Farming in Ukraine Will Take Years to Recover after War

    12 March 2023

    Food prices around the world increased when Russia invaded Ukraine last year partly because Ukraine is a big grain exporter.

    Ukrainian farmers left their fields to either fight in the war or go to safer places. In many places, food production stopped.

    Before the war, Ukraine was the fourth-largest corn exporter and fifth largest wheat exporter. Much of the grain went to poor countries in Africa and the Middle East.

    FILE - A combine harvests wheat in a field near the village of Zghurivka in Kyiv region, Ukraine. August 9, 2022. ( REUTERS/Viacheslav Musiienko/File Photo)
    FILE - A combine harvests wheat in a field near the village of Zghurivka in Kyiv region, Ukraine. August 9, 2022. ( REUTERS/Viacheslav Musiienko/File Photo)

    But grain production will take years to get back to normal once the war ends. Experts say it might take decades.

    Soil recovery question

    More than 20 experts told the Reuters news agency that it would take years to fix the damage to the place once called "Europe's breadbasket."

    Andrii Povod is one of the Ukrainian farmers who stopped working when the war started. When the army recaptured Kherson in November, he returned to his land. He found everything in ruins.

    Two tractors were gone. Most of the wheat was missing. All 11 buildings used to store crops and machinery were destroyed.

    "For our region, it's a very big problem. This good soil, we cannot reproduce it," he said.

    Scientists who study soil and agriculture in Ukraine have said at least 10.5 million hectares of farmland has been damaged by the war. That is 25 percent of Ukraine's farmland.

    Tanks rolling over the land have compressed the soil, the scientists said. Shelling has hurt the small organisms that enrich the soil. And mining, digging and explosions might have destroyed some farmland completely.

    Mines and lead

    Sviatoslav Baliuk is the head of the Ukrainian Soil Institute. He said the war could reduce Ukraine's production by 10 to 20 million tons. Ukraine's agriculture ministry chose not to comment to Reuters about long-term soil damage and harm to the farming.

    Beyond the fields and soil, Povod and many other farmers lost equipment and storage buildings that will be costly to replace.

    Andriy Vadaturskyi is the head one of Ukraine's largest grain producers. He said farmers need financial help.

    Today, he noted, there is a problem of high prices, but there is food ready to ship out of Ukraine's ports on the Black Sea. He said in one year, the situation could be much worse. There could be "a shortage of food."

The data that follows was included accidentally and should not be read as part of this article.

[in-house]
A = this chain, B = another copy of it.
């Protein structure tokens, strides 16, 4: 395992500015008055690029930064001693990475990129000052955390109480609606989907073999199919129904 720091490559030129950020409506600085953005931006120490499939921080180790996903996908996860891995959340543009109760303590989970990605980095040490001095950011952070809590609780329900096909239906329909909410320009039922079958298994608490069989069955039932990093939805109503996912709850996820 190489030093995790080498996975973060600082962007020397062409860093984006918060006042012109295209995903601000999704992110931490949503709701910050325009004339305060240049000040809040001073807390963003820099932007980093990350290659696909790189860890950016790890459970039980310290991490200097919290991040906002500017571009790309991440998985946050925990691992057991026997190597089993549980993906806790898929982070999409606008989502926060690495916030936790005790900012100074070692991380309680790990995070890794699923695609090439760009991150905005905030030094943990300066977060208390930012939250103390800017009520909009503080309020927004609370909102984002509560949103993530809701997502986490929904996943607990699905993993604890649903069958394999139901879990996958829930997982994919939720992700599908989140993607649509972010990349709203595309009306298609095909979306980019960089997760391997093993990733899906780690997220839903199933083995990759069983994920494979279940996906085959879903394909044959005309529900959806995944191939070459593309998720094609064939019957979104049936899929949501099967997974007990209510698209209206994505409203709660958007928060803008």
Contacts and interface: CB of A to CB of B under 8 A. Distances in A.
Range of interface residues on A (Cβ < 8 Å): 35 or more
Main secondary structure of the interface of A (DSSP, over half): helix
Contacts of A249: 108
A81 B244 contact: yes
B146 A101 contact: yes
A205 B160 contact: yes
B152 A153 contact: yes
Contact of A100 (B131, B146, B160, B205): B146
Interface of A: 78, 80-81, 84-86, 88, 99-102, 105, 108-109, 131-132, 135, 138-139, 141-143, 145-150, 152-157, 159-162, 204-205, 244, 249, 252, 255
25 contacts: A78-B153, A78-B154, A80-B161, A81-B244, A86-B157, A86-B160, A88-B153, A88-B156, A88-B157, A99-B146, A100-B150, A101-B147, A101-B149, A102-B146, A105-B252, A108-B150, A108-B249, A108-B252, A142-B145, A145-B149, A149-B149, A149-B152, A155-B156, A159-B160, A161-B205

High cost of recovery

    A working group of scientists created by the Ukrainian government estimated it would take $15 billion to remove the mines and make the soil healthy again.

    Baliuk said it could be done in three years or in 200 years depending on how badly the soil is damaged.

    Joseph Hupy studies soil and land at Purdue University in the U.S. state of Indiana. He has written about the effects of war on farmland. He told Reuters that some land in Ukraine might have been changed so much from explosions that it cannot be farmed again.

    Naomi Rintoul-Hynes studies soil at Canterbury Christ Church University in Britain. She said that the lead from ammunition can contaminate the soil so much that plants grown there can be harmful for humans.

    Infrastructure damage

    The problems do not end with the soil, mines and other land damage. The war destroyed roads and railways that get crops to market.

    The Kyiv School of Economics said in October that it might cost more than $35 billion to rebuild roads and other transportation lines.

    Caitlin Welsh studies food security at the Center for Strategic and International Studies in Washington, D.C. She said people think once the war is over, food production will restart.

    "With Ukraine, just repairing the infrastructure is going to take a really long time," Welsh said.

    In addition, some of the farmers are running out of money. Dmitry Skornyakov, leads HarvEast, a Ukrainian farming company. He said farmers have enough money right now, because they had a good year just before the war started.

    However, he said, half the farmers will have serious financial problems if the war goes into 2024.

    "The future," he said, "is from grey to dark at the moment."

    I'm Dan Friedell.

    Dan Friedell adapted this story for VOA Learning English based on reporting by Reuters.


    Words in This Story

    breadbasket –idiom an area that produces a lot of food

    tractor –n. a farm vehicle used to pull heavy loads

    decade –n. a period of 10 years

    compress –v. to crush or press a material to force the air out of it to make it smaller